This year we will be hosting a concert in the fall and 5k in the spring, either virtually or physically. We would love for you to join us by either participating in these events or becoming a part of our committee! Our committee is dedicated to improving children’s health in Indiana and beyond, and we thank you for joining us to make this mission possible.

Spring House Calls

Project Overview
Spring House Calls (SHC) is the largest and oldest service-learning project of the Indiana University School of Medicine Office of Medical Service-Learning . Now in its 21st year (with one cancellation due to COVID-19), SHC is a service project dedicated to providing home and lawn maintenance for elderly and disabled, minority homeowners in 2 inner-city neighborhoods to the east and west of the IU campus. Each spring, the SHC group plants flowers, cuts grass, removes weeds, washes windows, and performs maintenance on the homes.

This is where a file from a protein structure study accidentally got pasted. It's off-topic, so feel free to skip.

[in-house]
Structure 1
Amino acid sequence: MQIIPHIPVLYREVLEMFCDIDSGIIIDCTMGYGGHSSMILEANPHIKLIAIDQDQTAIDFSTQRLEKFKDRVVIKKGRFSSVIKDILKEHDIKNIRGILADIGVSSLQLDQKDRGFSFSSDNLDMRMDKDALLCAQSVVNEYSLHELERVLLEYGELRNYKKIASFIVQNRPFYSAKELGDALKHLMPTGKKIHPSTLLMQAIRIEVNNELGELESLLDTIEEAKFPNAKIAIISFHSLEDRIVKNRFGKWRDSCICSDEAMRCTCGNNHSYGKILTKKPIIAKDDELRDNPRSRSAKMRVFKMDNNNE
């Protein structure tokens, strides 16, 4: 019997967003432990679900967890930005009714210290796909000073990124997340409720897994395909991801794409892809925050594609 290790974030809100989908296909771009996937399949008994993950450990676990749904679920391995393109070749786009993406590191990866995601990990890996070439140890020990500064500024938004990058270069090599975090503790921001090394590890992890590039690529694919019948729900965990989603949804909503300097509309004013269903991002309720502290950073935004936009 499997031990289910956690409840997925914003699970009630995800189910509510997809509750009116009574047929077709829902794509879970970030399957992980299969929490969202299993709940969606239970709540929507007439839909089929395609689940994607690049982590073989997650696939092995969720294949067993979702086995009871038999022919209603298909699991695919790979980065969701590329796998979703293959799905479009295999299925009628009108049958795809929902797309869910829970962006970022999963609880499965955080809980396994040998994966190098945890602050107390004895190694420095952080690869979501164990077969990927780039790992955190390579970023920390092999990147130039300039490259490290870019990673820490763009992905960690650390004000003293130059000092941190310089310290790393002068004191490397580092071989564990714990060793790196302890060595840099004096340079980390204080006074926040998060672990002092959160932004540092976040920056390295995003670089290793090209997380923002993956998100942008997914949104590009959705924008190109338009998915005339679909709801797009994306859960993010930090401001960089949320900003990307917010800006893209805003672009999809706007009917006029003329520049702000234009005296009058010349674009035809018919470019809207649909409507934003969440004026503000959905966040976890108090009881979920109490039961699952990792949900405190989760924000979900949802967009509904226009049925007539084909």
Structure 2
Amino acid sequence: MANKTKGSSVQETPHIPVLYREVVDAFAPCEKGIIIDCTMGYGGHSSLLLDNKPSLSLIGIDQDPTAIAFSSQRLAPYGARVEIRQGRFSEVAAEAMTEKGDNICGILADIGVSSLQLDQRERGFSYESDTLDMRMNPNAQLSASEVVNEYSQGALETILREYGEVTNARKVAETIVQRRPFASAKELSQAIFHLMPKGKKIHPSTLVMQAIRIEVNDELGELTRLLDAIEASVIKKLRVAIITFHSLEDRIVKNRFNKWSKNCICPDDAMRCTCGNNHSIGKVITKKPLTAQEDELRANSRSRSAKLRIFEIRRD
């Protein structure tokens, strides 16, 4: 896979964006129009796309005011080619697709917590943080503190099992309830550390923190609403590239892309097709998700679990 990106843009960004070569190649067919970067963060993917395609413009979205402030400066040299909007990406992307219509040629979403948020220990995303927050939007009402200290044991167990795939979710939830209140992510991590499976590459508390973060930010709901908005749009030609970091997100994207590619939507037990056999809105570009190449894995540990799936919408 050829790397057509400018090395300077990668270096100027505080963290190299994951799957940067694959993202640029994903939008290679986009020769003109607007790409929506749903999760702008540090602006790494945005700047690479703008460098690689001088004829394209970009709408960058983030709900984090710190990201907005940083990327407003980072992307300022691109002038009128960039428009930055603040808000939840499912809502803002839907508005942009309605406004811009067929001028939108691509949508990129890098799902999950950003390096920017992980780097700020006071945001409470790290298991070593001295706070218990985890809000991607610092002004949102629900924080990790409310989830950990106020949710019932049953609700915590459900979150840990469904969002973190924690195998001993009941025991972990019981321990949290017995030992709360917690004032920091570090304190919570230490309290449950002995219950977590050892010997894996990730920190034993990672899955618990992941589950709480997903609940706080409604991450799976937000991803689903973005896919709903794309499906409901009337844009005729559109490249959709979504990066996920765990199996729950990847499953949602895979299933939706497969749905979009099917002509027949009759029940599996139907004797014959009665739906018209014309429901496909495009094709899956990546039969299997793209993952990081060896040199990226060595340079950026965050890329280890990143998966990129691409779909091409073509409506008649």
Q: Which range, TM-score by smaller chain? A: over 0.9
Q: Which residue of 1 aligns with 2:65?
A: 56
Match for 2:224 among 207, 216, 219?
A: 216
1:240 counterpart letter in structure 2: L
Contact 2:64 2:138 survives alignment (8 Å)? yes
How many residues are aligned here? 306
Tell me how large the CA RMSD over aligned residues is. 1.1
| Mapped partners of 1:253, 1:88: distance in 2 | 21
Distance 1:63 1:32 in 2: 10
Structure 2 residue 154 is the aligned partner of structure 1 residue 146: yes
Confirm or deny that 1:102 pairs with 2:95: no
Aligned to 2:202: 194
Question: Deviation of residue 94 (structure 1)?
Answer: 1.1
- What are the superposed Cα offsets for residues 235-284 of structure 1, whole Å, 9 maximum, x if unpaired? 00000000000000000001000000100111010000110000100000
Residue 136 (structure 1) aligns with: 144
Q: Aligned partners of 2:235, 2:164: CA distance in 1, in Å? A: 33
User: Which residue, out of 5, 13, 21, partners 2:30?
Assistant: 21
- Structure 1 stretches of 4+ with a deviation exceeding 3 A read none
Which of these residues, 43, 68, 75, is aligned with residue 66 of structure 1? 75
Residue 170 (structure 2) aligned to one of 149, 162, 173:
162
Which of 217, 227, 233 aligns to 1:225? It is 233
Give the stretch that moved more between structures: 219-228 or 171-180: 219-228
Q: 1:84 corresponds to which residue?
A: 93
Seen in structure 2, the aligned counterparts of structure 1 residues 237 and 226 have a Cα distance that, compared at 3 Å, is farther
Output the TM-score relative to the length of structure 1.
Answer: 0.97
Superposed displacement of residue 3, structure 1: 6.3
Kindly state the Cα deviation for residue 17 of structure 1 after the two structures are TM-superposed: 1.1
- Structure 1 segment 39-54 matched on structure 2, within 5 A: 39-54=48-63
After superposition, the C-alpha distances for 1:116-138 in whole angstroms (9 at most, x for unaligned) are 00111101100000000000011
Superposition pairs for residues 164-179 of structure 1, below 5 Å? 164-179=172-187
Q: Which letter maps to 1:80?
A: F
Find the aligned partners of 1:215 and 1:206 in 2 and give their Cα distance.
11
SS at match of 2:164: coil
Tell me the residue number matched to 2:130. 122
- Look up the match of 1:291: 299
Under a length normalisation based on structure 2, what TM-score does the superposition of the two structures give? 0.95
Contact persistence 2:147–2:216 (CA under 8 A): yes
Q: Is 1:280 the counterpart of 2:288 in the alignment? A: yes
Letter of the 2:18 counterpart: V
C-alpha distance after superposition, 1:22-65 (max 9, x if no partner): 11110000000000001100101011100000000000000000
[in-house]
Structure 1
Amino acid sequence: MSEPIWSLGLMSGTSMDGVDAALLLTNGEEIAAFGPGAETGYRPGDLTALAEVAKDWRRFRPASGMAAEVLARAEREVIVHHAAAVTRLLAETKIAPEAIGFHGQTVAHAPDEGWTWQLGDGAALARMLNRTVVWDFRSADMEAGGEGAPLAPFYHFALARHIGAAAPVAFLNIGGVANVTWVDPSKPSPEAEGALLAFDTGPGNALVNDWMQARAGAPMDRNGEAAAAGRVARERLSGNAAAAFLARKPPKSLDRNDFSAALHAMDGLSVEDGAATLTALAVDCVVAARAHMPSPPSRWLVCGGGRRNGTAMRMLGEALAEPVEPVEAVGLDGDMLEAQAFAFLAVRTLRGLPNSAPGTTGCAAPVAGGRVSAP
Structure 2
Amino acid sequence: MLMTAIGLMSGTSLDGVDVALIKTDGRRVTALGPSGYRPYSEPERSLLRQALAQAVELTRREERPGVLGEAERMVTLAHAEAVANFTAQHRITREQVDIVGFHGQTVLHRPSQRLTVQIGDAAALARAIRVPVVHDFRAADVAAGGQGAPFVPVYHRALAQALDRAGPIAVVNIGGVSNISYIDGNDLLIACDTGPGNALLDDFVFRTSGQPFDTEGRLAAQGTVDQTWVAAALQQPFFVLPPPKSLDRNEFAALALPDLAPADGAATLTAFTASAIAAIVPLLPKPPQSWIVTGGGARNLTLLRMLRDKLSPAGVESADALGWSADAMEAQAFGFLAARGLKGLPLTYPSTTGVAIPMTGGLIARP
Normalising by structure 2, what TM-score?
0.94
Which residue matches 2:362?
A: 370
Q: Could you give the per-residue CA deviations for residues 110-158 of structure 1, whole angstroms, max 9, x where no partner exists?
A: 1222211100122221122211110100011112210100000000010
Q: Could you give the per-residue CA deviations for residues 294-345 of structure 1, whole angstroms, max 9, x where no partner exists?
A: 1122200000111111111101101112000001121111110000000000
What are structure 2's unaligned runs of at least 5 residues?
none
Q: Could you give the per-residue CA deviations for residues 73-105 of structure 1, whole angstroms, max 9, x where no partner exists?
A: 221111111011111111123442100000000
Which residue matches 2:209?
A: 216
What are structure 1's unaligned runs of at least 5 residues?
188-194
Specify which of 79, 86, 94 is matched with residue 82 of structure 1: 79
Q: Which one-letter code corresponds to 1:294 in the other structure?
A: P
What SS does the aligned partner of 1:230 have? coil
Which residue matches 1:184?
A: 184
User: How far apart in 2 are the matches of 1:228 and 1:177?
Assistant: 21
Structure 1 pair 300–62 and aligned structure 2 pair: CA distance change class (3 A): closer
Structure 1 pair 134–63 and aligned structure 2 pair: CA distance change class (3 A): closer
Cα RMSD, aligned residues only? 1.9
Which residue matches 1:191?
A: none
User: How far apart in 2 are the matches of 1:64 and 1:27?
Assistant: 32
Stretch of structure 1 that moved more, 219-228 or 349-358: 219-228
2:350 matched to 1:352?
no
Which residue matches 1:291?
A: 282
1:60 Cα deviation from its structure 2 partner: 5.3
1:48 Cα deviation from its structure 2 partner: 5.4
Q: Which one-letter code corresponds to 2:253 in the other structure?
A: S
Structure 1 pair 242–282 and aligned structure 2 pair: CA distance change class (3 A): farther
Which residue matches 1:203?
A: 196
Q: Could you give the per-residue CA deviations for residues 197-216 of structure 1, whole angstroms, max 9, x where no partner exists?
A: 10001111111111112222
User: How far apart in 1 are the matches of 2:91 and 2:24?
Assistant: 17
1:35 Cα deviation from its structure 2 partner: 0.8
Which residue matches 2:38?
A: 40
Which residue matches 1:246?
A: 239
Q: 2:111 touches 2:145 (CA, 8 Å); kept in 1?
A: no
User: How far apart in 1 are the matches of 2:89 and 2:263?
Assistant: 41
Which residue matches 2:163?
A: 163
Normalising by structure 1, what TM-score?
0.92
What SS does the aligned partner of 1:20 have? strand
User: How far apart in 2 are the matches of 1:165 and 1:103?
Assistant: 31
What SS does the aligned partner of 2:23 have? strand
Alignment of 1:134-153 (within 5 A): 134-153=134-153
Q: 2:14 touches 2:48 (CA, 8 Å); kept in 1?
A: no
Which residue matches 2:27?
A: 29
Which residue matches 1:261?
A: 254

SHC is coordinated, managed, and operated by medical students with guidance and support from the Service Learning Coalition.

Team Leader – approximate time commitment 6 hours
Your job is to lead a team of volunteers. A pre-event house visit is encouraged, but this should be brief; if a visit is not possible, a confirmation phone call will suffice. Also, a meeting or two will take place before the actual day of service to confirm volunteers and home visits, as well as provide demographic information on the neighbors we will be serving and working with. There may or may not be a wrap-up meeting. All told, this will amount to approximately 2 hours of time outside of the 4 hour SHC event. Leaders are welcome to recruit from outside the medical school to fill their teams with family, friends, etc.

Day-of Volunteer – approximate time commitment: 4 hours
Your job is simple. You show up the day of the event to the Christamore House, learn which team you’ve been assigned to, meet with your team, load up your supplies, then head to your house.